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Does Money Illusion Matter?*

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  • Ernst Fehr
  • Jean-Robert Tyran

Abstract

This paper shows that a small amount of individual-level money illusion may cause considerable aggregate nominal inertia after a negative nominal shock. In addition, our results indicate that negative and positive nominal shocks have asymmetric effects because of money illusion. While nominal inertia is quite substantial and long lasting after a negative shock, it is rather small after a positive shock.

Suggested Citation

  • Ernst Fehr & Jean-Robert Tyran, 2001. "Does Money Illusion Matter?," American Economic Review, American Economic Association, vol. 91(5), pages 1239-1262, December.
  • Handle: RePEc:aea:aecrev:v:91:y:2001:i:5:p:1239-1262
    Note: DOI: 10.1257/aer.91.5.1239
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    File URL: http://www.aeaweb.org/articles.php?doi=10.1257/aer.91.5.1239
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    Replication

    This item has been replicated by:
  • Luba Petersen & Abel Winn, 2014. "Does Money Illusion Matter? Comment," American Economic Review, American Economic Association, vol. 104(3), pages 1047-1062, March.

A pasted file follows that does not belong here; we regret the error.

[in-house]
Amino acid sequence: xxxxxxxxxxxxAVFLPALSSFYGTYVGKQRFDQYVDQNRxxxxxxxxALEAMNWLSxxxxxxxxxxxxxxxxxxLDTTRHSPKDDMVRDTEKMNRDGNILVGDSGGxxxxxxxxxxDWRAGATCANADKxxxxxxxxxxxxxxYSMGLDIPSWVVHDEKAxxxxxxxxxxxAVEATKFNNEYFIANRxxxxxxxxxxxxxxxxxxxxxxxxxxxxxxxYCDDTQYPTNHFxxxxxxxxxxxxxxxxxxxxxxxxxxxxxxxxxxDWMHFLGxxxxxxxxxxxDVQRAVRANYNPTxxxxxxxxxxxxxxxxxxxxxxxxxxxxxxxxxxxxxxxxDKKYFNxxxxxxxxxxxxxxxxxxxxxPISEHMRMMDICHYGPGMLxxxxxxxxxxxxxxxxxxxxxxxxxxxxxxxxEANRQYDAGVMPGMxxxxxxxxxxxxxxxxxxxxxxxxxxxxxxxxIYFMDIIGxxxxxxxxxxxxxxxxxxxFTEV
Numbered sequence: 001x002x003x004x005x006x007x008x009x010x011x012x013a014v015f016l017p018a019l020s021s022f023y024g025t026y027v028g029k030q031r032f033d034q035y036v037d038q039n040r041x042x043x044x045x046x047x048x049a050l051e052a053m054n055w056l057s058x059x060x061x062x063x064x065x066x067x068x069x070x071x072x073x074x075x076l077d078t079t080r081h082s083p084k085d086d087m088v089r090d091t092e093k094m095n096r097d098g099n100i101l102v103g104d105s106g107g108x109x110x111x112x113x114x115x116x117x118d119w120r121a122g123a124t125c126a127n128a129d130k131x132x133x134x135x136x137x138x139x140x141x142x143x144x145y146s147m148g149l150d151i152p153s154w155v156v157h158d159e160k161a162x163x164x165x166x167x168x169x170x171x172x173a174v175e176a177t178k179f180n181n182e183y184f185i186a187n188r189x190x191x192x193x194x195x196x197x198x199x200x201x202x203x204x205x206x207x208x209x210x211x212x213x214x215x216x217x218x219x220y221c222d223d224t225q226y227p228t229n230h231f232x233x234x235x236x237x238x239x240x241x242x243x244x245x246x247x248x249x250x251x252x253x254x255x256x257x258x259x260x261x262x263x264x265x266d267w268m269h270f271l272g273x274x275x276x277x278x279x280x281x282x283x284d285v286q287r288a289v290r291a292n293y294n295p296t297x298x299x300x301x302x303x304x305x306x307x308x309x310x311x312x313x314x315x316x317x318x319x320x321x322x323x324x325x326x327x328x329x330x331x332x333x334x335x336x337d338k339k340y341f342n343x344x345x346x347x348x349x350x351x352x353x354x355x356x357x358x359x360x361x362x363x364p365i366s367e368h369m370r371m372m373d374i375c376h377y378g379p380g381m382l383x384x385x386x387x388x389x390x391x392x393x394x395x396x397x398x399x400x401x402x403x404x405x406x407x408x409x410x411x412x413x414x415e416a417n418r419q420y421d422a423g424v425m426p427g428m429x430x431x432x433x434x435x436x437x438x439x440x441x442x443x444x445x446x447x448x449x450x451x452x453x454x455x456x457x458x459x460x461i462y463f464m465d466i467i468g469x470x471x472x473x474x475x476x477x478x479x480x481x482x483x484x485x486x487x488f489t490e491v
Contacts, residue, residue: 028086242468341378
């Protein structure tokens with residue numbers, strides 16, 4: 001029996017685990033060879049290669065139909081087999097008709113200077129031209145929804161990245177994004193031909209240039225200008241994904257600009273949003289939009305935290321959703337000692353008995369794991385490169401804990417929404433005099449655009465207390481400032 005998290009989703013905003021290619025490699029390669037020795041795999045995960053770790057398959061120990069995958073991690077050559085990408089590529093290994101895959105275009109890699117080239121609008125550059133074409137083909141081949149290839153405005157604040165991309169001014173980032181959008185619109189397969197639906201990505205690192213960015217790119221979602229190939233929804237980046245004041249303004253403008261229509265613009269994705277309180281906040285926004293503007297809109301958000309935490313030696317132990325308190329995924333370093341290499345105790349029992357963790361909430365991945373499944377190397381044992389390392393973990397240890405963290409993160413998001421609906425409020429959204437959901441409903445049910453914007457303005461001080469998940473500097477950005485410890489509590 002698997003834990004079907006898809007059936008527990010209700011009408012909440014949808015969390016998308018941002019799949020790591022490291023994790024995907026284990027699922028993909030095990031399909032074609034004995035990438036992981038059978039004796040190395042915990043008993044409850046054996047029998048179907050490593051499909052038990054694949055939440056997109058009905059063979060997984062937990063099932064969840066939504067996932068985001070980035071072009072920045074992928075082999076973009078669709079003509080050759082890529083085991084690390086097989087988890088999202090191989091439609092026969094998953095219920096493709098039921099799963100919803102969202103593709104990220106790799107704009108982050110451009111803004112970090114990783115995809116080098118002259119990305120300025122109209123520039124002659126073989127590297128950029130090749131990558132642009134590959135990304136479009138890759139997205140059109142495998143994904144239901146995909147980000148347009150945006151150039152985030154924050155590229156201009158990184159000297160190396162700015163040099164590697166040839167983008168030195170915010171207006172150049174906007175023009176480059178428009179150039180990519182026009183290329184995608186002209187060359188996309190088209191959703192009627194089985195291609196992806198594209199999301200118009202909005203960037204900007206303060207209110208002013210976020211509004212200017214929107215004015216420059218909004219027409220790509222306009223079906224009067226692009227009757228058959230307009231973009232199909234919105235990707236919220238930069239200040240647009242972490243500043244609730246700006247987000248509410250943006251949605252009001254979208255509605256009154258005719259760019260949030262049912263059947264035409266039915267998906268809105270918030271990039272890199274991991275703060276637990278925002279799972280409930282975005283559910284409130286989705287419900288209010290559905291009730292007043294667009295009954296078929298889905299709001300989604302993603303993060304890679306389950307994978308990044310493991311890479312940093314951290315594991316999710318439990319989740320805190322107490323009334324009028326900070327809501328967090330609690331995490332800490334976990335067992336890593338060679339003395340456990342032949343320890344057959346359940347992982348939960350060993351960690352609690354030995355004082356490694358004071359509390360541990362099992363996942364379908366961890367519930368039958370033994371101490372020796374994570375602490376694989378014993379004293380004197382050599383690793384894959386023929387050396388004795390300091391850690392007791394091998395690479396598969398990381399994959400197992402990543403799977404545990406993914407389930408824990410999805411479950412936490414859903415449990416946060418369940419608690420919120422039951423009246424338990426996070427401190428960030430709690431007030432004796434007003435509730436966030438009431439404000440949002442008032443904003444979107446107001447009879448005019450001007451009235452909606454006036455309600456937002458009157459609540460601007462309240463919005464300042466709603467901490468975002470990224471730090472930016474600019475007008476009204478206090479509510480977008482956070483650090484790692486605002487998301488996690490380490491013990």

• More about this item

    JEL classification:

    • E31 - Macroeconomics and Monetary Economics - - Prices, Business Fluctuations, and Cycles - - - Price Level; Inflation; Deflation
    • E52 - Macroeconomics and Monetary Economics - - Monetary Policy, Central Banking, and the Supply of Money and Credit - - - Monetary Policy
    • E32 - Macroeconomics and Monetary Economics - - Prices, Business Fluctuations, and Cycles - - - Business Fluctuations; Cycles
    • E51 - Macroeconomics and Monetary Economics - - Monetary Policy, Central Banking, and the Supply of Money and Credit - - - Money Supply; Credit; Money Multipliers

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